Microglia are immune-derived cells critical to the development and healthy function of the brain and spinal cord, yet are implicated in the active pathology of many neuropsychiatric disorders. A range of functional phenotypes associated with the healthy brain or disease states has been suggested from in vivo work and were modeled in vitro as surveying, reactive, and primed sub-types of primary rat microglia and mixed microglia/astrocytes. It was hypothesized that the biomolecular profile of these cells undergoes a phenotypical change as well, and these functional phenotypes were explored for potential novel peptide binders using a custom 7 amino acid-presenting M13 phage library (SX7) to identify unique peptides that bind differentially to these respective cell types. Surveying glia were untreated, reactive were induced with a lipopolysaccharide treatment, recovery was modeled with a potent anti-inflammatory treatment dexamethasone, and priming was determined by subsequently challenging the cells with interferon gamma. Microglial function was profiled by determining the secretion of cytokines and nitric oxide, and expression of inducible nitric oxide synthase. After incubation with the SX7 phage library, populations of SX7-positive microglia and/or astrocytes were collected using fluorescence-activated cell sorting, SX7 phage was amplified in Escherichia coli culture, and phage DNA was sequenced via next-generation sequencing. Binding validation was done with synthesized peptides via in-cell westerns. Fifty-eight unique peptides were discovered, and their potential functions were assessed using a basic local alignment search tool. Peptides potentially originated from proteins ranging in function from a variety of supportive glial roles, including synapse support and pruning, to inflammatory incitement including cytokine and interleukin activation, and potential regulation in neurodegenerative and neuropsychiatric disorders. (Figure presented.).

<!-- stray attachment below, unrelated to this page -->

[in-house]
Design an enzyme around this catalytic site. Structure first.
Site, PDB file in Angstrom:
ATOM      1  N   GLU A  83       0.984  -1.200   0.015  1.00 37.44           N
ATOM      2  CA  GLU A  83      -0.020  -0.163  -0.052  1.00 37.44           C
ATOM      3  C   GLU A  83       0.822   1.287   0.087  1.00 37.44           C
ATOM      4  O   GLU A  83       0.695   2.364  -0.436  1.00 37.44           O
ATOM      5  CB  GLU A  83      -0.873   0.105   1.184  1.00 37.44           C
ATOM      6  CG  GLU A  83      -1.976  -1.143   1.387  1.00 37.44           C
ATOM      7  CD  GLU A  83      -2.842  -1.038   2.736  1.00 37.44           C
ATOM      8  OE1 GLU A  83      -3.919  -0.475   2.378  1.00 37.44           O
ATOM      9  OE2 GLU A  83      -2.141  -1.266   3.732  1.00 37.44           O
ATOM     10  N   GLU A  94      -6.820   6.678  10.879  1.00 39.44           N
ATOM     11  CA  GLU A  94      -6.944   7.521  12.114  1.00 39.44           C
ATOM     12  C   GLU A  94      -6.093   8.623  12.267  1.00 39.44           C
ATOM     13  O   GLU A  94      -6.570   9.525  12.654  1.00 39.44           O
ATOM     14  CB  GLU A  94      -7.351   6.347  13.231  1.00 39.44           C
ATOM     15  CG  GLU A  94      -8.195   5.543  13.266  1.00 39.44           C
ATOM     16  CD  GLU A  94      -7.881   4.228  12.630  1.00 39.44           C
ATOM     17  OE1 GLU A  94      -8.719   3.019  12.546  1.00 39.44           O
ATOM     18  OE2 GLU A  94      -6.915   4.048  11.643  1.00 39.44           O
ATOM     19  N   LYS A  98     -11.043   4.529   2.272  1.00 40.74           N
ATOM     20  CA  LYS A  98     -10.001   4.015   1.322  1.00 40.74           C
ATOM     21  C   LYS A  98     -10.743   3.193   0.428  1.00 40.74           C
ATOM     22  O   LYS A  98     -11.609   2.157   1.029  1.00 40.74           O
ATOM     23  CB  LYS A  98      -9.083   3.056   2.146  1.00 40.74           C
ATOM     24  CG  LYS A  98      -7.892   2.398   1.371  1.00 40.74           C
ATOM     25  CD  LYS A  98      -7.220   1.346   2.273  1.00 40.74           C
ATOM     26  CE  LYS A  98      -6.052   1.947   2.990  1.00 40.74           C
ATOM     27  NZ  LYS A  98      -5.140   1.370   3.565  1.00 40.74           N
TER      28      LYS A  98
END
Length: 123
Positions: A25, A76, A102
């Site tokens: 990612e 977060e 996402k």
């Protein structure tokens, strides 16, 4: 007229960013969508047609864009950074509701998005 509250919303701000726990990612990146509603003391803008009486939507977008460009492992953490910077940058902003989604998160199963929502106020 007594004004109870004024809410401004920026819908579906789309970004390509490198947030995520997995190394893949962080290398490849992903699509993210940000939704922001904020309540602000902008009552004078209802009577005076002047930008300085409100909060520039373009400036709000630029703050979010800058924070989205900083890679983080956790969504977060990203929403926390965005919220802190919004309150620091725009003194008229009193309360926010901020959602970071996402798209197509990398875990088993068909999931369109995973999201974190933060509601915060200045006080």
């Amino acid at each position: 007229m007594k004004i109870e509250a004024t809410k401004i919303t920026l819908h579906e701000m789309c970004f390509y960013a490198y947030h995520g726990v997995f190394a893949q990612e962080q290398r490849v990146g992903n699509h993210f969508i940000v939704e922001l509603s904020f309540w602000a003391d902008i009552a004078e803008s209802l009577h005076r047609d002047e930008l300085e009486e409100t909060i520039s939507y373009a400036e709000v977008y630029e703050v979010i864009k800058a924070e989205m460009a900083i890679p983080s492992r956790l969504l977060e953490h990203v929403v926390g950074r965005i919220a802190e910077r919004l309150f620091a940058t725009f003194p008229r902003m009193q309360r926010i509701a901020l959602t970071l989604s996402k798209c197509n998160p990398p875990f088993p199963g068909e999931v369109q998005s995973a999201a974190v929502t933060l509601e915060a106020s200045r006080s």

- phage display
ASJC Scopus subject areas
- Cellular and Molecular Neuroscience